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YARD AND GARDEN: “Bold” Moms Need Work to Help them Stay That Way | Home & Garden



Master gardener Juanita Sherwood is sharing information about chrysanthemums this week.

What does the term “robust” mean? When it comes to gardening, and applied to moms, most people assume that moms labeled “hardy” will winter well and come back the following year, maybe even for several years. In other words, the expectation is that the plant will be more or less a perennial.

People have asked me why their hardy mums planted in the fall have disappeared and have never been seen again. I asked myself the same thing. Let’s take a look at a few reasons why these moms may not have performed as expected.

First, there is the labeling. Just because a mum tag says a plant is “hardy” doesn’t mean it will live to grow back. An important factor that contributes to the success of a mom or not is the weather. Some winters are of course more severe than others. Most gardeners have lost a favorite plant – mom or not – that was supposed to overwinter very well, maybe even had in the past, but still succumbed to a harsh winter.

In the case of moms, this usually involves freezing and thawing, killing the plants if their root systems are not firmly established. Plant the moms early enough to give them plenty of time to establish good root growth. Be sure to plant them in a protected location and mulch them to provide insulation. Don’t plant moms in open, windy areas. It is also recommended to amend the soil with at least four inches of organic matter before planting.

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Factors beyond your control can also influence how well any plant, not just moms, performs for you. This is especially true when it comes to caring for the plant before purchasing it. For example, a plant may have been consistently overwatered or overdried.

Plants may also have been improperly fertilized. Some other growing conditions such as the amount of sunlight could also have compromised the plant, especially sun lovers. By the way, sunlight affects moms a little differently from other plants, as their nature is to bloom as the hours of sunlight decrease each day. Look for healthy plants before you buy.

If you have moms that reappeared in the spring, you need to keep the pinched plant (s) until around July 4th if you want that “cushion” looking plant later. This forces the plant to grow instead of pushing. I missed the boat last spring on one of my moms and ended up with a little 24 inch tall, washed out flowered “weed”.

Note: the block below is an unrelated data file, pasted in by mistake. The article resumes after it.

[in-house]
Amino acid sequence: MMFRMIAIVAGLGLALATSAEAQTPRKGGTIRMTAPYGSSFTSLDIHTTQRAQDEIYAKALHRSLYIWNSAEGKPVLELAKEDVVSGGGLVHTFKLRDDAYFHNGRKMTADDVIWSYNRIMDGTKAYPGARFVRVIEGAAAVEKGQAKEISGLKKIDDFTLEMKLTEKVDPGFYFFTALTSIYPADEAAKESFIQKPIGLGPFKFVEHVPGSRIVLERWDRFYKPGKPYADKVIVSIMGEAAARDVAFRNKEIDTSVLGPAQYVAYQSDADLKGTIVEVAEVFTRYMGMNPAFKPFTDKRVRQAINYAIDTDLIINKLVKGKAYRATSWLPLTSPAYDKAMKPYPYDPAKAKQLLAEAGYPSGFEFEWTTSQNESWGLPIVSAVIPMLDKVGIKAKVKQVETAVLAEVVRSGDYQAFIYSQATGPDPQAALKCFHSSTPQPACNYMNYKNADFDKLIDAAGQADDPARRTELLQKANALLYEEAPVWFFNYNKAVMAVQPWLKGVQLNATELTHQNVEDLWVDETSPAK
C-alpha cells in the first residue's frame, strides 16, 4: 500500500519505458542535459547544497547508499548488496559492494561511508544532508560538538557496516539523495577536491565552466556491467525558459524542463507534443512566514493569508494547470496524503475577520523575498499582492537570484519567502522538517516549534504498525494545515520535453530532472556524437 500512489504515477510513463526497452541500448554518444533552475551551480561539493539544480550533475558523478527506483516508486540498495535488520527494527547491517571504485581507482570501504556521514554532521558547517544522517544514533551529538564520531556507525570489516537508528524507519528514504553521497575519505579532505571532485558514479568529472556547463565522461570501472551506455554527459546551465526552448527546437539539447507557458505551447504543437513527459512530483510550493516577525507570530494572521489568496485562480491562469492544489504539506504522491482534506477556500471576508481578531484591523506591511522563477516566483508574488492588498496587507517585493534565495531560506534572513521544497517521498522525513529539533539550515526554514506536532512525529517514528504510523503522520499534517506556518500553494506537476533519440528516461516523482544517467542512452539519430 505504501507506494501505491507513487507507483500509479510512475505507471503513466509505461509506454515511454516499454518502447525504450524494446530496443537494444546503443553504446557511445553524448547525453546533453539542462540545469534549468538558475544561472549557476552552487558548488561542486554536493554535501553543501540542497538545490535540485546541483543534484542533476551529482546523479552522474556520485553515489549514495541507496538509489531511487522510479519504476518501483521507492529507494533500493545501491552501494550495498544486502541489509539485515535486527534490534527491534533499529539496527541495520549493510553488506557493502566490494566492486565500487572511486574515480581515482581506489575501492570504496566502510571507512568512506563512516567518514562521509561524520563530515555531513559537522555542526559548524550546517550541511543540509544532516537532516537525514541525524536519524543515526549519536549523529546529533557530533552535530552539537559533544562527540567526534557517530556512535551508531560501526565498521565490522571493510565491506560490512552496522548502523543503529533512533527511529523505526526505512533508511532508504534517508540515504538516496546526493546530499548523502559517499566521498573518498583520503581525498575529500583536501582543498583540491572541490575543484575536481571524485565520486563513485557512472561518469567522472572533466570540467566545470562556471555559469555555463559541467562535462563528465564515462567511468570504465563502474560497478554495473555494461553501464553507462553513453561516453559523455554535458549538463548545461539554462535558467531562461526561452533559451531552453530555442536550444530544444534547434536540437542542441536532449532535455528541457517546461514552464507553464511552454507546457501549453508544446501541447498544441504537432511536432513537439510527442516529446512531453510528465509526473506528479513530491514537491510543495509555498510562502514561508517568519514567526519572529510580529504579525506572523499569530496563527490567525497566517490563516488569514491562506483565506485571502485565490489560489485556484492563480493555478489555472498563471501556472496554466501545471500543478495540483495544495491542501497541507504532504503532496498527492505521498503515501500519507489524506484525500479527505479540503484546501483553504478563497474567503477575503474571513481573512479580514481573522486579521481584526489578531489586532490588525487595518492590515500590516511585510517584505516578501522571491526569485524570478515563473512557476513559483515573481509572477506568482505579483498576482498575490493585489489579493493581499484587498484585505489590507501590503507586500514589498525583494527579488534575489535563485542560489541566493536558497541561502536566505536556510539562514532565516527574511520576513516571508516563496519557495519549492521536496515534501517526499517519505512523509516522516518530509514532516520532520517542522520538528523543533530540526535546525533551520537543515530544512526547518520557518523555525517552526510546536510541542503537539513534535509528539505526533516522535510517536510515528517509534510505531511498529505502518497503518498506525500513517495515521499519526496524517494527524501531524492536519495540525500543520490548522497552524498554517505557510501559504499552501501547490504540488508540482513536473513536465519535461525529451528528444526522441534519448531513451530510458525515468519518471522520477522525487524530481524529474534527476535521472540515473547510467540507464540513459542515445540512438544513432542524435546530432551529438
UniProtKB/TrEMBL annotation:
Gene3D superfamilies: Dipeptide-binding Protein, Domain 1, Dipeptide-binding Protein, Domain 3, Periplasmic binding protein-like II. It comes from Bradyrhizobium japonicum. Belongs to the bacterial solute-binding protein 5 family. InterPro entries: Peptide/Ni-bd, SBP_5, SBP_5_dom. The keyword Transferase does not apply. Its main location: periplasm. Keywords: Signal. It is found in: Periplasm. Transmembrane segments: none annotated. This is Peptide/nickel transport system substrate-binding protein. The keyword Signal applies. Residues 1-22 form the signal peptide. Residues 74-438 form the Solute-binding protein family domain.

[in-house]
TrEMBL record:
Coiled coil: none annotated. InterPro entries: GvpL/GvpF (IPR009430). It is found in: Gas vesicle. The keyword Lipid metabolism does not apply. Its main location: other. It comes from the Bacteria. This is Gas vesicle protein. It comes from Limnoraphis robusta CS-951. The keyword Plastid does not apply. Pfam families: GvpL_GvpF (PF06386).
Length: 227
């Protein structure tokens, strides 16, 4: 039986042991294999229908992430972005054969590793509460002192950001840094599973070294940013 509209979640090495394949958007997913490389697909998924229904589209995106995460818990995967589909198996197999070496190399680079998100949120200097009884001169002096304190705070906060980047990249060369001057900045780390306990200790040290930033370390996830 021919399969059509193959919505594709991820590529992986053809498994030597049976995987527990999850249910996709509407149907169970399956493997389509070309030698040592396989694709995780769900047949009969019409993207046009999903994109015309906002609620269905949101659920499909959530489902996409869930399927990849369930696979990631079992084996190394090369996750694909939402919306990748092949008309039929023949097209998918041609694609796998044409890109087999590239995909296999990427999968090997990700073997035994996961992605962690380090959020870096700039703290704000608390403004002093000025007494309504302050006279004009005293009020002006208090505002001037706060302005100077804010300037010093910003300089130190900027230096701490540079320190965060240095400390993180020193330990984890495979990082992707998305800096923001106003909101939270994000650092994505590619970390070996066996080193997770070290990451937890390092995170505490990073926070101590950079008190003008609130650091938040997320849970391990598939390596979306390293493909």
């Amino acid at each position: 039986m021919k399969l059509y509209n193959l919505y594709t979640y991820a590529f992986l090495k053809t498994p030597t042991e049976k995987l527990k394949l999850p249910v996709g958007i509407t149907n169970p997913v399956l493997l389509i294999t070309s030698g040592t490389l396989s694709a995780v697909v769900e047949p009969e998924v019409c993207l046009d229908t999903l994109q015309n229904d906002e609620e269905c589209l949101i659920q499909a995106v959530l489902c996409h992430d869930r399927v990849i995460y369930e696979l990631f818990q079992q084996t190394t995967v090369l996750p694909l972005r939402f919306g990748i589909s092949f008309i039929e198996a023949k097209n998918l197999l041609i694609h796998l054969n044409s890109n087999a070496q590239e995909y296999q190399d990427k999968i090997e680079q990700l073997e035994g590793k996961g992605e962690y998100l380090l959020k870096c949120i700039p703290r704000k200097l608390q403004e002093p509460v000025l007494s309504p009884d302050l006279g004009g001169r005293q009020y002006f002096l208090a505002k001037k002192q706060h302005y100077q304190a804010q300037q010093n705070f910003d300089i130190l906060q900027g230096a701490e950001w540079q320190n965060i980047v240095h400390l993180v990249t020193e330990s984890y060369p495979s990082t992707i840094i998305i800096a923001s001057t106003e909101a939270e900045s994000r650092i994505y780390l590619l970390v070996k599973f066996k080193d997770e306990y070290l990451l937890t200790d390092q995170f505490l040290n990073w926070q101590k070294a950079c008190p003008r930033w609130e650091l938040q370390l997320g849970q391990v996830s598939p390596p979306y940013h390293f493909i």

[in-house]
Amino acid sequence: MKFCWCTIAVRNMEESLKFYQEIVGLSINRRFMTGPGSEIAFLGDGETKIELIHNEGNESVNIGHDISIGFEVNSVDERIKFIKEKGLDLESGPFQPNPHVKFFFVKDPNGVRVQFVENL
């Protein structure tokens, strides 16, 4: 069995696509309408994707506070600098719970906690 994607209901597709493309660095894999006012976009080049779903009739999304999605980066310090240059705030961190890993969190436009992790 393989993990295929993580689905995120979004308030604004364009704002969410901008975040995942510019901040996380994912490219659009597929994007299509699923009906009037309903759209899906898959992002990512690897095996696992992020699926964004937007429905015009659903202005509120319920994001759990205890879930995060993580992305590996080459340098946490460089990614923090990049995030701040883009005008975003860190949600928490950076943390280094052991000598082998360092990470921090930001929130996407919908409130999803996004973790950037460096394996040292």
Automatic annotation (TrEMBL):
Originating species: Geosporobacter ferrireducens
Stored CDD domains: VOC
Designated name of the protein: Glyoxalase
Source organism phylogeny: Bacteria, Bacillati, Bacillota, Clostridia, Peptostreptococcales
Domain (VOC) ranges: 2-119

One of the best moms I have ever had is the one I planted in the spring when she was little. The flowers looked like white daisies and the plant came back in good shape every year. Here again it had a long time to establish itself and it was a variety that seemed destined to come back every year. However, I struggled to find little moms to plant in the spring.

If you haven’t released a mom or two this year yet, think about it. Planting now could give them time for good root development if the frost doesn’t come too early. They will add color and texture to your fall landscape. If you don’t have a place to put one in the ground, consider displaying a mom in a basket or other container on your porch, or on one or more steps. They might even attract an appreciative glance or smile at someone.

For other interesting and informative reads on fall flowers, visit the Illinois Extension website. If you have questions about your garden or landscape, contact a Master Gardener at the University of Illinois at Mattoon Extension Office at 217-345-7034 or through our online help line at https://forms.illinois.edu/sec/1523725. Visit the U of I Extension’s horticulture website http://web.extension.illinois.edu/ccdms/ and like the Master Gardeners Facebook page www.facebook.com/ColesCountyMasterGardeners.

Illinois Extension leads public outreach for the University of Illinois by translating research into action plans that empower Illinois families, businesses, and community leaders to solve problems, make informed decisions, and to adapt to changes and opportunities.